Catawba County News
Vaccination is a Way to Reach a Common Goal - Together
Published: March 16, 2021
By Jennifer McCracken
Catawba County Public Health Director
As I look back on the past year, there is a classic Bob Dylan song that keeps coming back to me. And even though it first came out in the mid-60s, its words ring true for the incredible year we’ve had as a community, as a state, a nation and the globe.
“You’d better start swimming or you’ll sink like a stone, oh the times, they are a-changin…”
Change has been all around us for the past year. But Catawba County hasn’t been swimming alone through all this change. As in the Olympics, this is a relay team. Vaccinations are the next leg of the relay so we can all get back to normal again.
There are currently three COVID-19 vaccines available in the U.S. Vaccine developers were able to build safe vaccines in a short period of time, thanks to the head-start gained through research and development of vaccines in recent years for other vaccines. Both the Pfizer and Moderna vaccines use mRNA technology, which has been studied before for flu, Zika and rabies. The Johnson & Johnson vaccine uses more traditional technology and is built off an adenovirus – the virus that causes the common cold. In the end, both technologies teach the body how to recognize and protect itself from the COVID-19 germ.
One important similarity, no matter the technology, is that there is no COVID-19 virus in any of the vaccines. The vaccines simply imitate the infection so that our bodies think a germ like the virus is attacking. This creates the antibody defenses we need to fight off COVID-19 if or when we come into contact with the real germ later on.
All three of the authorized vaccines available in the U.S. were able to be developed quickly because vaccine developers and the U.S. Food and Drug Administration (or FDA) all placed it as their highest priority. The FDA also cleared some administrative delays, allowing the COVID-19 vaccine to essentially skip the line and come under review immediately. This allowed the development and authorization processes to move forward without delay and without cutting corners.
The FDA has a longstanding process for ensuring all vaccines are safe and effective, and COVID-19 vaccines must go through and pass clinical trials like other drugs and vaccines. At no point in the process are manufacturers or the FDA allowed to skip any steps. Tens of thousands of people participated in clinical trials for the three currently available vaccines to see if they are safe and effective. No major safety concerns were found by people in the trials, manufacturers or the FDA.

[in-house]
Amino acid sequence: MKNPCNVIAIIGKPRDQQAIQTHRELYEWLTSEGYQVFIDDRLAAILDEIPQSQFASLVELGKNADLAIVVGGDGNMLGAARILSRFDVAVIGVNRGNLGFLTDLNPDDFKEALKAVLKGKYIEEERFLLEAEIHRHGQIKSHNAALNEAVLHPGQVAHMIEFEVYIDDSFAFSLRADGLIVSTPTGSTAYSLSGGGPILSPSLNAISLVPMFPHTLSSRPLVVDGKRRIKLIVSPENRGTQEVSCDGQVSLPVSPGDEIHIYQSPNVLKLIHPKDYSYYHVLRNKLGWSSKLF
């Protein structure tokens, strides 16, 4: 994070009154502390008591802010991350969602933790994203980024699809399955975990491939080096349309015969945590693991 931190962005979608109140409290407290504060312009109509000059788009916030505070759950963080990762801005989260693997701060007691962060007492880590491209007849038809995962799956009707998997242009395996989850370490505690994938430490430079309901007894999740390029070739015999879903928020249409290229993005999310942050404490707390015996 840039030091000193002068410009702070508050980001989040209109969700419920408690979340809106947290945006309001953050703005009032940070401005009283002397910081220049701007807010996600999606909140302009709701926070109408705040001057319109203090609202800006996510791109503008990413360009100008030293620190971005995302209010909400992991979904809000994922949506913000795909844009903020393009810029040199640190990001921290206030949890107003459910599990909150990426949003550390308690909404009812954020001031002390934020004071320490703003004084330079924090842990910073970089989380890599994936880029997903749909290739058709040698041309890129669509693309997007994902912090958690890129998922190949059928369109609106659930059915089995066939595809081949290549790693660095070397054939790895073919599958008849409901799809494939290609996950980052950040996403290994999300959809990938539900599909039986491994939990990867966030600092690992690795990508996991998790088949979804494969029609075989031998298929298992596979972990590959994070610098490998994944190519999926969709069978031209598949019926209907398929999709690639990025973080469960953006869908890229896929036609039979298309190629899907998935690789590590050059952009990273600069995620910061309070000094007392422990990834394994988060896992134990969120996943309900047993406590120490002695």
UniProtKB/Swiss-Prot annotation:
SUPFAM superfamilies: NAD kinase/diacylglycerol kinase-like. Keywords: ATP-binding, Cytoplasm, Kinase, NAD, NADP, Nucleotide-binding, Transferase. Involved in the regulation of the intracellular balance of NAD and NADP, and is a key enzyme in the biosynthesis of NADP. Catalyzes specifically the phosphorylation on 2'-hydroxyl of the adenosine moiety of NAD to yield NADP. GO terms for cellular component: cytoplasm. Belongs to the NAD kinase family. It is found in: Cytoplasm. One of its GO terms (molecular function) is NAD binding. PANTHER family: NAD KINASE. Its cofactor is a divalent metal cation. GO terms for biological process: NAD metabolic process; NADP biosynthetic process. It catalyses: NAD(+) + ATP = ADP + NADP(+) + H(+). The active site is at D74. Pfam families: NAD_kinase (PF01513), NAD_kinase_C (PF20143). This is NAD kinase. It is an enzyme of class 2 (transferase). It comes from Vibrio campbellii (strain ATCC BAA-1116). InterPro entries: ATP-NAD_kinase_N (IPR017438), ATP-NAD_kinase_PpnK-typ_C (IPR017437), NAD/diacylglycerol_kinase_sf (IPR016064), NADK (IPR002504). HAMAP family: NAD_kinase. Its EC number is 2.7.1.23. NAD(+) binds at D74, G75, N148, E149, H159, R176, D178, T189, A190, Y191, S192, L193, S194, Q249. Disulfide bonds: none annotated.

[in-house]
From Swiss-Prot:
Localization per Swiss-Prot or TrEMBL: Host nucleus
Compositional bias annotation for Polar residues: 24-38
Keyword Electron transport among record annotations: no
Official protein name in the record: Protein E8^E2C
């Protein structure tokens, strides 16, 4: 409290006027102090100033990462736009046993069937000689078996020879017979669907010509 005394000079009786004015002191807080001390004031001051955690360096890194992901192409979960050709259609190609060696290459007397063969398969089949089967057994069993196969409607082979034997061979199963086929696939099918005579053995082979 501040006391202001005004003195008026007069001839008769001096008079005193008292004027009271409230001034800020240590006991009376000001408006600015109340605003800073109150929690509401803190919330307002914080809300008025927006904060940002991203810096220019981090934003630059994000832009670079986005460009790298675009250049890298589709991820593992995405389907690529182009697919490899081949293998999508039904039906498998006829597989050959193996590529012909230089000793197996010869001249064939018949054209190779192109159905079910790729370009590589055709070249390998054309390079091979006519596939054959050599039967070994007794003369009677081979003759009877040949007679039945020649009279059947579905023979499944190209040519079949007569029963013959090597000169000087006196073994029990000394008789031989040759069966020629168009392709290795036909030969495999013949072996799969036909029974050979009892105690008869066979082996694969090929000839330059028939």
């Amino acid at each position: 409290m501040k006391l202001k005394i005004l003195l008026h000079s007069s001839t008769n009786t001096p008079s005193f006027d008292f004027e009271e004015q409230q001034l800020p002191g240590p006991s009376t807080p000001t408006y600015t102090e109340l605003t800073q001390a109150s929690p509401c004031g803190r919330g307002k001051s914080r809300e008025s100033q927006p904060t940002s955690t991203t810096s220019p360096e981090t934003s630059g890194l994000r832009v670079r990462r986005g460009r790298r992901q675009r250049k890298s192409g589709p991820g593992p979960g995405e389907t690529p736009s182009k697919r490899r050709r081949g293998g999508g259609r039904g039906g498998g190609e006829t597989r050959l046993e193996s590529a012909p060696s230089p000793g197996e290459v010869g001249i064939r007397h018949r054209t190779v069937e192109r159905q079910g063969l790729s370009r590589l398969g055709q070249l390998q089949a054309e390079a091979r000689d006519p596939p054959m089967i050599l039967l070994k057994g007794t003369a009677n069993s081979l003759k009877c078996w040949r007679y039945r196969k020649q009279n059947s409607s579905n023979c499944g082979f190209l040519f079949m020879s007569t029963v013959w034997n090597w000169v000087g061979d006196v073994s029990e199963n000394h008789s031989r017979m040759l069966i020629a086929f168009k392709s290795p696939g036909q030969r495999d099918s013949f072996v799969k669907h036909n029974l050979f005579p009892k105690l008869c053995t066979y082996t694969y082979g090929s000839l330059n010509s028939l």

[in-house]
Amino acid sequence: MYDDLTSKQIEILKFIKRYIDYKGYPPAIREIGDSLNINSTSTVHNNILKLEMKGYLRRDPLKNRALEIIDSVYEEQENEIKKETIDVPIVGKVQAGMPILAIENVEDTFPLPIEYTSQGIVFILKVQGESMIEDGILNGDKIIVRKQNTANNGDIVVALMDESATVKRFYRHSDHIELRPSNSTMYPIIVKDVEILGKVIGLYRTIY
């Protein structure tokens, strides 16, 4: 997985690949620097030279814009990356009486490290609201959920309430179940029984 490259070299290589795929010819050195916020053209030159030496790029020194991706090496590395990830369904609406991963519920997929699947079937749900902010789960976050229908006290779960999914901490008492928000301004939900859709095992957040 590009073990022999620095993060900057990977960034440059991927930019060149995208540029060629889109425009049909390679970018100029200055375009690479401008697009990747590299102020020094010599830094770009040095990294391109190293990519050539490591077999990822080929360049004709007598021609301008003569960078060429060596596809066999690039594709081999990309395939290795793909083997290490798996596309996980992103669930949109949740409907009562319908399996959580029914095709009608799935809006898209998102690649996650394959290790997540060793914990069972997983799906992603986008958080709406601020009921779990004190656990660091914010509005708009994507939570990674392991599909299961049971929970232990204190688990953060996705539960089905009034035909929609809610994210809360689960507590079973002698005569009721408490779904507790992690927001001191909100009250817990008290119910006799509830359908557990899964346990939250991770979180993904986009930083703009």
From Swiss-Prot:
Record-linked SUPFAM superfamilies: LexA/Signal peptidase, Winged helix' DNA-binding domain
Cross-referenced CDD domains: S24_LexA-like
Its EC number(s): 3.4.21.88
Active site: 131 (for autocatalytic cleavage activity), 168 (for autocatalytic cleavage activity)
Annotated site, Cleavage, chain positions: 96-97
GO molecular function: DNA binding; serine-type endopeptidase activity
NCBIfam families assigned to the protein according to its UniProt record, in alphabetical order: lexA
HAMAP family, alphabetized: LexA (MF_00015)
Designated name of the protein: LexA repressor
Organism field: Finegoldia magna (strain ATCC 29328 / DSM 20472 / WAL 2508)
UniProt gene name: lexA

All three of the currently available vaccines are highly effective at preventing hospitalization and death, even with the different variants that have emerged recently. This is why the CDC recommends that people get the first vaccine available to them and to not hold out for one over the other.
There are two main reasons for getting the vaccine – for your own health and for the health of others.
COVID-19 is a tricky illness, in that some people experience only mild symptoms, while others experience severe illness that can cause hospitalization and death. Some people who have it recover quickly, while others deal with long-term effects for months afterward. And more than half of the adults in our community are affected by at least one chronic condition, which puts them at higher risk of complications from COVID.
Because we can’t predict who or how COVID will strike, it is advised that everyone get vaccinated. Every vaccination that is administered represents one fewer person who is at risk of experiencing severe illness or death from COVID-19 or of spreading it to someone more vulnerable.
We know the COVID-19 pandemic is not over yet, but the times are changing for the better... If we all keep swimming in the right direction, by getting vaccinated and continuing to follow prevention guidance, we can reach that common goal together.